I've been pretty content doing freelance copywriting work for a living. Fortunately, Dean is a fabulously responsible husband and daddy, which means that (a) my horrendous inability to budget has never been truly disastrous, (b) we may be a little cash-strapped from time to time, but never to the edge of starvation-- or even the point where we can't afford to buy Sagey toys-- and (c) I'm able to stay at home and spend oodles of time with my daughter.
Today a client of mine called me up with a job offer. It's a full-time nine-to-fiver, so I automatically said no; then she mentioned a salary that made my eyebrows shoot up toward my hairline. It's not like we really need the money, but boy, we sure could use the money... for savings, for Sage's education, for a new airconditioner and the electricity to run it, and heck, for that Nokia 6230 I've had my eye on.
The downside is, I really dislike working in an office environment. Partly it's because I work superhumanly fast and detest sitting around pretending to be busy when I've already accomplished everything I need to do and more. I hate working on other people's schedules. Also, a lot of employers simply cannot wrap their heads around the fact that a lot of writing work involves staring into space and thinking of how to approach a given assignment. And most of all, I revile playing office politics. This is slightly strange because I am by nature a creature of social politics, but some sad little naive part of me keeps wanting to be recognized for merit rather than sucking up.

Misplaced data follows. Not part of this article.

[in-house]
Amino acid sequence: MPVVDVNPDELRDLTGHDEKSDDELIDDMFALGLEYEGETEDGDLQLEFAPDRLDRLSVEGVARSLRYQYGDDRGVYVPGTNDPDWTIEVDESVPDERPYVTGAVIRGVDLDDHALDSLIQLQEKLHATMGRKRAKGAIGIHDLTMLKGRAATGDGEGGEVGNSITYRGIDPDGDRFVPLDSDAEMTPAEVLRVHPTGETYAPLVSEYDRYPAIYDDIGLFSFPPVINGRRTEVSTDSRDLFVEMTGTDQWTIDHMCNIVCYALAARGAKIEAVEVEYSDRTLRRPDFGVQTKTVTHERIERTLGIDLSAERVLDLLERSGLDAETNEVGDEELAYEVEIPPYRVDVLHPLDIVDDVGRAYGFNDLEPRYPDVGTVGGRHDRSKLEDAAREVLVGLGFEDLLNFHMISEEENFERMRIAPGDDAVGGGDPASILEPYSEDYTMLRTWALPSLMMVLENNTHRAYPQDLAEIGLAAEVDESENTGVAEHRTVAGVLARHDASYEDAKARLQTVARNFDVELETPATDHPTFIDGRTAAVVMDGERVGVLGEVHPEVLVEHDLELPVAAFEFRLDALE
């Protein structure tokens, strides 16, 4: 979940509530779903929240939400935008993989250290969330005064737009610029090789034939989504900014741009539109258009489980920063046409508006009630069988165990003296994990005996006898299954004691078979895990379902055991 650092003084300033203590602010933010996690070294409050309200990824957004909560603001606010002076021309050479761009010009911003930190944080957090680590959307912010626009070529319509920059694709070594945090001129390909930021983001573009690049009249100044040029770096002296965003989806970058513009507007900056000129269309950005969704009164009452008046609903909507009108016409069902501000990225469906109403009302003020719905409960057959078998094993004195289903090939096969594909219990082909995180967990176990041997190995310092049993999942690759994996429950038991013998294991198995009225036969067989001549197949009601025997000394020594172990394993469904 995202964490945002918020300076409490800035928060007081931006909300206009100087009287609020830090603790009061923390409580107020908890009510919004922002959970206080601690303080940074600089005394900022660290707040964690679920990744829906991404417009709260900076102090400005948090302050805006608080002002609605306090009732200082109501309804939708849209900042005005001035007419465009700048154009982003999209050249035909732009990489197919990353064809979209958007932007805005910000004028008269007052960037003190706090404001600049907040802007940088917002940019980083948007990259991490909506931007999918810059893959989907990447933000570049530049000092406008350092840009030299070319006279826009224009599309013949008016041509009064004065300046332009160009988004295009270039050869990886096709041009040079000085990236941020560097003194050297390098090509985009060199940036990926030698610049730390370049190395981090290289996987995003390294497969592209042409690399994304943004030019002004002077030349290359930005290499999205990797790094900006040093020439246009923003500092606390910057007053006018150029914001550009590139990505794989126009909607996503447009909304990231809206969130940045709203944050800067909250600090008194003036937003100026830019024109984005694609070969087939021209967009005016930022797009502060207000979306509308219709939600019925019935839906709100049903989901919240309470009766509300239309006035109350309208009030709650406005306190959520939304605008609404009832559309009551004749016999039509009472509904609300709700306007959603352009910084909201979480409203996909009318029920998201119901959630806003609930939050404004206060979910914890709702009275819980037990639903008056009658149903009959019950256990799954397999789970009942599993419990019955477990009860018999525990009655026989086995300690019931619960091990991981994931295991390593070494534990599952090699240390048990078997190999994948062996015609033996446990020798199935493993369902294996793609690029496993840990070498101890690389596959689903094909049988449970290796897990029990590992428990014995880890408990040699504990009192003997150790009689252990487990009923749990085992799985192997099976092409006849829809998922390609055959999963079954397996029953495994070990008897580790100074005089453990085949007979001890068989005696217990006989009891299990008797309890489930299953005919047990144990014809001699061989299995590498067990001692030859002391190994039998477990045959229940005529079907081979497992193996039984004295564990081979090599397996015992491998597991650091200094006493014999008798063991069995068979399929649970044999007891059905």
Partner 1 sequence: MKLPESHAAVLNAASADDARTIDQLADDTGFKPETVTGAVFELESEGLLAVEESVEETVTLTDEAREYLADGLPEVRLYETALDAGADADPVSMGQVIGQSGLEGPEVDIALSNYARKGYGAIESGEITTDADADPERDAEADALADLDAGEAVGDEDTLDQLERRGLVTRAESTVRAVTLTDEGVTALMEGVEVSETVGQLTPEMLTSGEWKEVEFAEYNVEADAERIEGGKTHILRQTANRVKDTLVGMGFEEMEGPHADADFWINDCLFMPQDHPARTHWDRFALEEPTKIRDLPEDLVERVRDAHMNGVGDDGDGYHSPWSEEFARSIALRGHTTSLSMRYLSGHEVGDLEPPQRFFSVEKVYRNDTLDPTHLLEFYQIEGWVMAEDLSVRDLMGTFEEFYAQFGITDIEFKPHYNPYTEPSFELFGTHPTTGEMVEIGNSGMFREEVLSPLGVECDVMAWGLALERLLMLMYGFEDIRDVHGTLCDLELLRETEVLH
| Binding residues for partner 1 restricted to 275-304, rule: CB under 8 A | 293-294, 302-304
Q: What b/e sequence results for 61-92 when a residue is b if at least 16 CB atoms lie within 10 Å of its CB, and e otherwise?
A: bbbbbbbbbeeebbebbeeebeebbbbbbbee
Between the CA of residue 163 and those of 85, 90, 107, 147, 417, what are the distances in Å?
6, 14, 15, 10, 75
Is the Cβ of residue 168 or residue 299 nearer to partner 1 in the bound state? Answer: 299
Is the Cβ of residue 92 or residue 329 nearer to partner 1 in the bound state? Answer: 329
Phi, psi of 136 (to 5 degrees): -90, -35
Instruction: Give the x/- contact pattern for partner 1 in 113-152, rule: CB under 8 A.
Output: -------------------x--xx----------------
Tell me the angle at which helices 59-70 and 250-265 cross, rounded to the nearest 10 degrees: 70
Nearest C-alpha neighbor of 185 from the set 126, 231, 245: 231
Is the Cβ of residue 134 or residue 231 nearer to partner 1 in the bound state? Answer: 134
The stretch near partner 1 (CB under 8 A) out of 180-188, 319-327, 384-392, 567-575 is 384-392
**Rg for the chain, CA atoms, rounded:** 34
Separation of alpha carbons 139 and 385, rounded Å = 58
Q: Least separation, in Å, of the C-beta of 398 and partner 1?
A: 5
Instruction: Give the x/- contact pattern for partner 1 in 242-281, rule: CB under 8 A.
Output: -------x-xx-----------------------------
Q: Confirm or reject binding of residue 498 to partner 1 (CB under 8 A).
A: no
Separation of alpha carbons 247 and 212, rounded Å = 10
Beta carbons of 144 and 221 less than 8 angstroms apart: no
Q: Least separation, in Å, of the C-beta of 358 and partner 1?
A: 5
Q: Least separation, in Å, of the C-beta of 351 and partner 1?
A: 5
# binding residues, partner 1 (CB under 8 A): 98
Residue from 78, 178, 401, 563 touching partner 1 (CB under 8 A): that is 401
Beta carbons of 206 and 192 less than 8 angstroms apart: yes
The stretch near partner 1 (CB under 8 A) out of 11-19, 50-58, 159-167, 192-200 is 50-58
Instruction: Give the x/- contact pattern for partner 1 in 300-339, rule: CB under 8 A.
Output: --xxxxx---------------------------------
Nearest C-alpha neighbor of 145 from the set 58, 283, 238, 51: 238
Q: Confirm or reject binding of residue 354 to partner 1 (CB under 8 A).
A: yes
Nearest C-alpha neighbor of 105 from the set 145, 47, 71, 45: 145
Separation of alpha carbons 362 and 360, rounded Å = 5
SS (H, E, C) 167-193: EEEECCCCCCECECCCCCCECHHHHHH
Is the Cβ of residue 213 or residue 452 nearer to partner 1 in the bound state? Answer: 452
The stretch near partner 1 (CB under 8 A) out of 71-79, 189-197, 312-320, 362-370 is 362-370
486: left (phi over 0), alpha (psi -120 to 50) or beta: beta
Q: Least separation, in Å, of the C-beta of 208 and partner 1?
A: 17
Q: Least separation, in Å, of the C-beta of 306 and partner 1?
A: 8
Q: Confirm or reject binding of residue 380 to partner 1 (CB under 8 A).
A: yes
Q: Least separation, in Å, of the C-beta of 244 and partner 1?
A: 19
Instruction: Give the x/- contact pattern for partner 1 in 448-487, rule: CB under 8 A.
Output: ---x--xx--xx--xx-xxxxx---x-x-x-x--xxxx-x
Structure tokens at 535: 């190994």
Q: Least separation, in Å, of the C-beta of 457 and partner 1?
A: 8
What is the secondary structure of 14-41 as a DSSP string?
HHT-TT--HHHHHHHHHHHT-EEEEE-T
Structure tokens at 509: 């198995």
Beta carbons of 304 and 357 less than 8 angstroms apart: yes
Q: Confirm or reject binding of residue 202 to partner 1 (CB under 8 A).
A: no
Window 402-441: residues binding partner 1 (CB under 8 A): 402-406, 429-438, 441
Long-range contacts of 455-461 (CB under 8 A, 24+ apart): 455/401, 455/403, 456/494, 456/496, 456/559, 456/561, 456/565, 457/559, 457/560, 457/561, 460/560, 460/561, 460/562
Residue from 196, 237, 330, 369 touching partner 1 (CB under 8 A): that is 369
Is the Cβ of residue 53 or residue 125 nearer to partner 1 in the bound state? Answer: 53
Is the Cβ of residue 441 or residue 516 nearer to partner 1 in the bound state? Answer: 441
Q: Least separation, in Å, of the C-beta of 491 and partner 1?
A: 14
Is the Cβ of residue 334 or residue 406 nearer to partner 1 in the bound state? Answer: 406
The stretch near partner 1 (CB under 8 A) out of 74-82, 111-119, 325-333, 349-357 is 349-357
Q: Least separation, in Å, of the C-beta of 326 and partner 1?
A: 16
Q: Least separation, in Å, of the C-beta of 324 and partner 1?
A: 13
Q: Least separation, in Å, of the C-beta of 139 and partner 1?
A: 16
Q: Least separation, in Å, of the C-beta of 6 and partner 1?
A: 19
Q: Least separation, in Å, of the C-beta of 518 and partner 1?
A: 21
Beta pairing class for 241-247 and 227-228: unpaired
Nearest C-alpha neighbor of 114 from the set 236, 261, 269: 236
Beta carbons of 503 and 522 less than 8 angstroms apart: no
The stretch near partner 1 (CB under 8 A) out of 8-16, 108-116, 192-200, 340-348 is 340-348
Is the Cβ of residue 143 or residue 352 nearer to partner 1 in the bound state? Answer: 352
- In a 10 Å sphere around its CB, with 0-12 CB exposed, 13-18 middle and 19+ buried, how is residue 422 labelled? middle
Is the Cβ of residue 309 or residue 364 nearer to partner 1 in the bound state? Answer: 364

But is the money worth it? Hell, yes! If the job description isn't too absurd. If the location isn't too astronomically distant. If the management of the company isn't too idiotically reprehensible.
If they decide they really want to hire me! If, if, if. We'll see.
What was the only vegetable-flavored ice cream ever produced?
answer to Monday's question
Naturally, you all know that the 'length' of a light-year is literally a length-- it's a unit of distance, not time: specifically, the distance that light can travel in the course of one year. Since light moves at a velocity of about 300,000 kilometers per second and there are about 31,556,926 seconds in a year, one light-year is equal to about 9,500,000,000,000 kilometers.
light-years ahead: Ariel and Charles. And Pauline wasn't kidding; math really does baffle her! ;)